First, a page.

At this stage, I should also point out that at least seven people I can think of in my church have depression. You would think they would understand. Apparently not. It seems that as soon as it became apparent it was a long-term problem, a deep-rooted one that was going to take a lot of fixing, people didn’t want to know. It makes it hard.
Putting the Onus On
When I disappeared, I was shocked by the response I had. Originally I had almost no messages. Then, as the weeks dragged by, I started to get a few messages from people who had noticed my absence. “Hope you’re OK.” “Hope to see you soon.” Those sorts of niceties. As the problem became more long-term, however, those messages dwindled until I only had two people consistently messaging me. Now, as I write this, I only have one person who messages me on a regular basis to check if I’m alright.
When I mention this, the first thing they say is that they don’t hear from me. Those of you struggling with depression and anxiety know how hard it is, sometimes, to reach out and send a message to someone else. You feel like a burden, you feel unwanted, so why would you? But it’s my fault for not messaging, evidently. It links directly into what I said about putting the onus on the person who is struggling. They always say that I know they’re there for me, that they are doing all they can…but are they?
I do get messages occasionally from other people in the church. Most of the time, though, it’s because they want something. Sometimes it comes with the preamble of a “how are you” or something along those lines but, more often than not, it’s straight to brass tacks. Quite frankly, it hurts.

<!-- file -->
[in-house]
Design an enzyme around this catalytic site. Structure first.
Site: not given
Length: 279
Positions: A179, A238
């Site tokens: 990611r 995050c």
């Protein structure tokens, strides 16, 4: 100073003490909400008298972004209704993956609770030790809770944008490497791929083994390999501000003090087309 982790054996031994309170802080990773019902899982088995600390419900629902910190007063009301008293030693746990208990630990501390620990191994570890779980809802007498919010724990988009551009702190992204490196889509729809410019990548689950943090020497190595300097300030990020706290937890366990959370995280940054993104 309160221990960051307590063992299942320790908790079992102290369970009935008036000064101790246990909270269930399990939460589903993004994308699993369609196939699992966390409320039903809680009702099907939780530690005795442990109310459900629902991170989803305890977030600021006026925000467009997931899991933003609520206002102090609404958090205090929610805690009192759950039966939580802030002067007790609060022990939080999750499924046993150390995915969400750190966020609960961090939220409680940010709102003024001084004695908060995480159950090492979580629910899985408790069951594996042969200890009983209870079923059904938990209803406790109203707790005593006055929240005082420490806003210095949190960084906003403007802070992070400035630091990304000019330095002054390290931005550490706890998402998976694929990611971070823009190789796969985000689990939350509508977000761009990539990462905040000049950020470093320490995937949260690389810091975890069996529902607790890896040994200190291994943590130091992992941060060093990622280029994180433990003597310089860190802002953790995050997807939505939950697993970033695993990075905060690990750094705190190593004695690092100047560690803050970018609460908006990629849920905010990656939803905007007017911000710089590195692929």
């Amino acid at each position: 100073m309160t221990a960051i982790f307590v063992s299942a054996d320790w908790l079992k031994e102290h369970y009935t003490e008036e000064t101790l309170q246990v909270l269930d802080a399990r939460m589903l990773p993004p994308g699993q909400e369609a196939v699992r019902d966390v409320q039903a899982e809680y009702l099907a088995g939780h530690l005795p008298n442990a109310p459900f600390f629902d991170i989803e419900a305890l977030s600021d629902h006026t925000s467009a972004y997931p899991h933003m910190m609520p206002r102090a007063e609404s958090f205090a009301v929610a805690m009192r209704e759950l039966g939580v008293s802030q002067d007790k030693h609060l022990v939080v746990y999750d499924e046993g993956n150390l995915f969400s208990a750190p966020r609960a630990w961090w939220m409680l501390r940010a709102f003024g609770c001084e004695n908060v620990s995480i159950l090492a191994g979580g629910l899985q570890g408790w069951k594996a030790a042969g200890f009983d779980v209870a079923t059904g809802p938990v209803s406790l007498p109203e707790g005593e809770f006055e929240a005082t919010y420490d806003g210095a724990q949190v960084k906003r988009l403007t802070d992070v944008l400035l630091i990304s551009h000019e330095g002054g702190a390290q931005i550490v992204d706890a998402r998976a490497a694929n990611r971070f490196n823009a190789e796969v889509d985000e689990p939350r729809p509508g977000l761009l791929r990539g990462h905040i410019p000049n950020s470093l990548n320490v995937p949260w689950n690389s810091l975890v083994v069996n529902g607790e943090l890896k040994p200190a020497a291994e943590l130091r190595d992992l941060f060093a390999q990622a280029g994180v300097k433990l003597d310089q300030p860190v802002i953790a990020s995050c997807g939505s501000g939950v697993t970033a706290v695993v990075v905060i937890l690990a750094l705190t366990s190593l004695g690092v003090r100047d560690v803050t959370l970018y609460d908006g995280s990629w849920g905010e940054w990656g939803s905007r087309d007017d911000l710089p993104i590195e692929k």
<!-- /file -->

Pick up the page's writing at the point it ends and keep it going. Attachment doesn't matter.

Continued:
Mental Health and Being Christian
At the end of the day, the church does have a fair amount to improve upon regarding mental health. Whether you have faith as small as that mustard seed or whether you believe wholeheartedly, God will not solve your depression in a heartbeat. It might not be a part of His plan. He may have a different purpose for it. That may sound cruel but think of it in the same way you would an operation. Some live-saving operations will come with pain and perhaps months of rehabilitation, yet they are done for that important reason that, in itself, is positive. Think of it like that.
American Christian Christy Wimber had one of the most refreshing approaches to this that I’ve come across. She said that, in today’s modern age, mental illness was a tool used by the Devil and that this whole notion of “if you are not healed, your faith is not strong enough” was a load of rubbish. I find myself agreeing with that, as depression and anxiety and all the other mental illnesses have absolutely nothing – that’s right ABSOLUTELY NOTHING – to do with your faith.
If you’re a Christian or a member of any other religion struggling with mental illness, let me remind you that it’s OK to struggle. I do everyday and that doesn’t make me any less of a Christian. But my challenge is for any members of churches reading this: step up to the mark. Be the support that the church is meant to be. Designate people to maintain contact with others, instead of leaving it all to the pastor or all to the person struggling. We, as Christians, are called to serve others, to help them and to show the love of Jesus to other people. Personally, I believe this is sorely lacking.
We need to be better.